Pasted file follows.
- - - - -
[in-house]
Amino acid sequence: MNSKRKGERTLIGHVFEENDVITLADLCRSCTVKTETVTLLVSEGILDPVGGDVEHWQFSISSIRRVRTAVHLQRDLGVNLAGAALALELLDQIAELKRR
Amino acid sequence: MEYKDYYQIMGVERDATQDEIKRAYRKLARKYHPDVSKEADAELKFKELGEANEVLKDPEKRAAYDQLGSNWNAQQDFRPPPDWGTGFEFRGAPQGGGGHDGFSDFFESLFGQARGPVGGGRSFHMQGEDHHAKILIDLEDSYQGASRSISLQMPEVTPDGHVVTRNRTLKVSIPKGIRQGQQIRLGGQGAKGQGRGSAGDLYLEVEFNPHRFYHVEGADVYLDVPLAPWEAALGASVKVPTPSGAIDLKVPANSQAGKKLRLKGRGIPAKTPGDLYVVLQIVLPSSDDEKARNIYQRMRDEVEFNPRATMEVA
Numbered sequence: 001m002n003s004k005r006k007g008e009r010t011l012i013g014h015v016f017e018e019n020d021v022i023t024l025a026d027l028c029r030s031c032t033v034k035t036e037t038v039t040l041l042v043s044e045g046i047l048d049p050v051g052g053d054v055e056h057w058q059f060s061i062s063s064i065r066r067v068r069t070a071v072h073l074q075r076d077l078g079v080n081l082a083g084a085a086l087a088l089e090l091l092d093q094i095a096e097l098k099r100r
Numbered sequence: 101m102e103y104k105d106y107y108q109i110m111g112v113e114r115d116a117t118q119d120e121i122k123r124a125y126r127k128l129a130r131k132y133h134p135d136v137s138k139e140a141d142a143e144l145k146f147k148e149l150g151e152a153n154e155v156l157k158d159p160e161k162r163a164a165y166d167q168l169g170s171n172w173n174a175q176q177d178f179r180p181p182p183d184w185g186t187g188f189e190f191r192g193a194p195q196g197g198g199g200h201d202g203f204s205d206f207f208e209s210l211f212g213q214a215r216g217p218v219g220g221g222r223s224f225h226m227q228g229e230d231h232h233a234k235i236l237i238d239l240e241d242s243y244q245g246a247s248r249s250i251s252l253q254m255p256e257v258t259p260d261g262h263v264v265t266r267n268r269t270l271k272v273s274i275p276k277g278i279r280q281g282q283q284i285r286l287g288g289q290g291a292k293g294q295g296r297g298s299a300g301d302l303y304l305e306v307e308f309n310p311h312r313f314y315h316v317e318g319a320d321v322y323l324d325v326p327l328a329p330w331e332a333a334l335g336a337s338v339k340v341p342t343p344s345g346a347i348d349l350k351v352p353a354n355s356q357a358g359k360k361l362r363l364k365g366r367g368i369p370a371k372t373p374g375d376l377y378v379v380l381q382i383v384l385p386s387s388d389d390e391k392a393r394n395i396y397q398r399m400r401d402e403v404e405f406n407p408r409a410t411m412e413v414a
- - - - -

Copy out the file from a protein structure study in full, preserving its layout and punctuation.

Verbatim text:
[in-house]
Amino acid sequence: MNSKRKGERTLIGHVFEENDVITLADLCRSCTVKTETVTLLVSEGILDPVGGDVEHWQFSISSIRRVRTAVHLQRDLGVNLAGAALALELLDQIAELKRR
Amino acid sequence: MEYKDYYQIMGVERDATQDEIKRAYRKLARKYHPDVSKEADAELKFKELGEANEVLKDPEKRAAYDQLGSNWNAQQDFRPPPDWGTGFEFRGAPQGGGGHDGFSDFFESLFGQARGPVGGGRSFHMQGEDHHAKILIDLEDSYQGASRSISLQMPEVTPDGHVVTRNRTLKVSIPKGIRQGQQIRLGGQGAKGQGRGSAGDLYLEVEFNPHRFYHVEGADVYLDVPLAPWEAALGASVKVPTPSGAIDLKVPANSQAGKKLRLKGRGIPAKTPGDLYVVLQIVLPSSDDEKARNIYQRMRDEVEFNPRATMEVA
Numbered sequence: 001m002n003s004k005r006k007g008e009r010t011l012i013g014h015v016f017e018e019n020d021v022i023t024l025a026d027l028c029r030s031c032t033v034k035t036e037t038v039t040l041l042v043s044e045g046i047l048d049p050v051g052g053d054v055e056h057w058q059f060s061i062s063s064i065r066r067v068r069t070a071v072h073l074q075r076d077l078g079v080n081l082a083g084a085a086l087a088l089e090l091l092d093q094i095a096e097l098k099r100r
Numbered sequence: 101m102e103y104k105d106y107y108q109i110m111g112v113e114r115d116a117t118q119d120e121i122k123r124a125y126r127k128l129a130r131k132y133h134p135d136v137s138k139e140a141d142a143e144l145k146f147k148e149l150g151e152a153n154e155v156l157k158d159p160e161k162r163a164a165y166d167q168l169g170s171n172w173n174a175q176q177d178f179r180p181p182p183d184w185g186t187g188f189e190f191r192g193a194p195q196g197g198g199g200h201d202g203f204s205d206f207f208e209s210l211f212g213q214a215r216g217p218v219g220g221g222r223s224f225h226m227q228g229e230d231h232h233a234k235i236l237i238d239l240e241d242s243y244q245g246a247s248r249s250i251s252l253q254m255p256e257v258t259p260d261g262h263v264v265t266r267n268r269t270l271k272v273s274i275p276k277g278i279r280q281g282q283q284i285r286l287g288g289q290g291a292k293g294q295g296r297g298s299a300g301d302l303y304l305e306v307e308f309n310p311h312r313f314y315h316v317e318g319a320d321v322y323l324d325v326p327l328a329p330w331e332a333a334l335g336a337s338v339k340v341p342t343p344s345g346a347i348d349l350k351v352p353a354n355s356q357a358g359k360k361l362r363l364k365g366r367g368i369p370a371k372t373p374g375d376l377y378v379v380l381q382i383v384l385p386s387s388d389d390e391k392a393r394n395i396y397q398r399m400r401d402e403v404e405f406n407p408r409a410t411m412e413v414a